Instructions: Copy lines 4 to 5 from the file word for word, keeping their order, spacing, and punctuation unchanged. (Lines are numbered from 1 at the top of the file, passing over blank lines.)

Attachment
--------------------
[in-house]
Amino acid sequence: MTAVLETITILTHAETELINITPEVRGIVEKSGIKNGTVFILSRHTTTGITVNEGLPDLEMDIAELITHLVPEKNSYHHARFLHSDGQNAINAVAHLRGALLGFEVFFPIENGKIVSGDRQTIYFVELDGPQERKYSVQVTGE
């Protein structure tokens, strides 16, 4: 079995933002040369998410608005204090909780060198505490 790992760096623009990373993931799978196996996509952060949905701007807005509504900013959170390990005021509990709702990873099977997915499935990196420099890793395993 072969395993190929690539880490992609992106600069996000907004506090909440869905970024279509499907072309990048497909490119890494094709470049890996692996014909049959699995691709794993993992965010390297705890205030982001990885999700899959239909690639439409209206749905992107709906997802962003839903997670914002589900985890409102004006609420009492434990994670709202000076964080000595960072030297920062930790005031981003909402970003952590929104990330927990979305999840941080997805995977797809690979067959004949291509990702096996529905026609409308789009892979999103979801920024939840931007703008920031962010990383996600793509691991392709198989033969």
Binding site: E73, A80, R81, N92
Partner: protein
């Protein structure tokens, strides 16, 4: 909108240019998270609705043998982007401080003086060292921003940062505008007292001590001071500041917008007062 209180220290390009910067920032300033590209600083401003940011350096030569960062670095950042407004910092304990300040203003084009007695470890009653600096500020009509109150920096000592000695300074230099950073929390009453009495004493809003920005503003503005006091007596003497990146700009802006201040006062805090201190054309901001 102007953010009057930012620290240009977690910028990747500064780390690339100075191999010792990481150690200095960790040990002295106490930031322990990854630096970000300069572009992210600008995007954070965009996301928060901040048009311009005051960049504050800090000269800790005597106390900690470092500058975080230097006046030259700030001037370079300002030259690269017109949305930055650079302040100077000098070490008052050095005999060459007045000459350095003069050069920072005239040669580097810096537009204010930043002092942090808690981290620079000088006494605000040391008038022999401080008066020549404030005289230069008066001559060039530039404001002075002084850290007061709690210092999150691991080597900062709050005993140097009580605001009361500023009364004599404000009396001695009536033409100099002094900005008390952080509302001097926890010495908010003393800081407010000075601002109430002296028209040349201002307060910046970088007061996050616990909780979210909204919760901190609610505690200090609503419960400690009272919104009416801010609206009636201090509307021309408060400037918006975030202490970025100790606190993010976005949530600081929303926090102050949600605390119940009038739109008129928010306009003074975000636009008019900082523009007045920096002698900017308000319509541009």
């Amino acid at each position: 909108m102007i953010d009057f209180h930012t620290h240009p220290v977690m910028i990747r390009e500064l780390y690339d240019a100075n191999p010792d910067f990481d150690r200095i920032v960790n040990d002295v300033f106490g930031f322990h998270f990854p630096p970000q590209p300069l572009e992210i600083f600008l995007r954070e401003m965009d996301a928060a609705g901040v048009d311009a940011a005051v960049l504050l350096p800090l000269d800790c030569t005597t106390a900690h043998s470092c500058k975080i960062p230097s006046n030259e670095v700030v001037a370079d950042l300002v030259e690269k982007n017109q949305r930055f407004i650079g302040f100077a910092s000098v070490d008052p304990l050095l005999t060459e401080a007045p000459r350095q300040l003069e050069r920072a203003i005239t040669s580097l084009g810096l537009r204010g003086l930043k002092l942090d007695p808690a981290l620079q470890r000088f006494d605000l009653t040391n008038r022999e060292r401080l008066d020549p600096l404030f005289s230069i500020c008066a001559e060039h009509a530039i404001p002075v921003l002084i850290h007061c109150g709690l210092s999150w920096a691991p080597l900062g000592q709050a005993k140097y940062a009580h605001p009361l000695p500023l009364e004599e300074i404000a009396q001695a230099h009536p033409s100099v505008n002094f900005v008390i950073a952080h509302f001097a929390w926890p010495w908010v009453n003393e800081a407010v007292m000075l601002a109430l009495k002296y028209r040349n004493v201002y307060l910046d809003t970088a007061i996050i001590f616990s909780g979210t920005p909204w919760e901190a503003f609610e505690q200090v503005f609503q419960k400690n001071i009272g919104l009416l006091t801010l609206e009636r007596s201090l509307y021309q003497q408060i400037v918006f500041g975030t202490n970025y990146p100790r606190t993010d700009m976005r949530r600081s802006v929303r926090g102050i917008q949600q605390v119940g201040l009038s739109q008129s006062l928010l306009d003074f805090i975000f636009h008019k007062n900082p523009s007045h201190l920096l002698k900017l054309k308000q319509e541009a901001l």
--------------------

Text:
Binding site: E73, A80, R81, N92
Partner: protein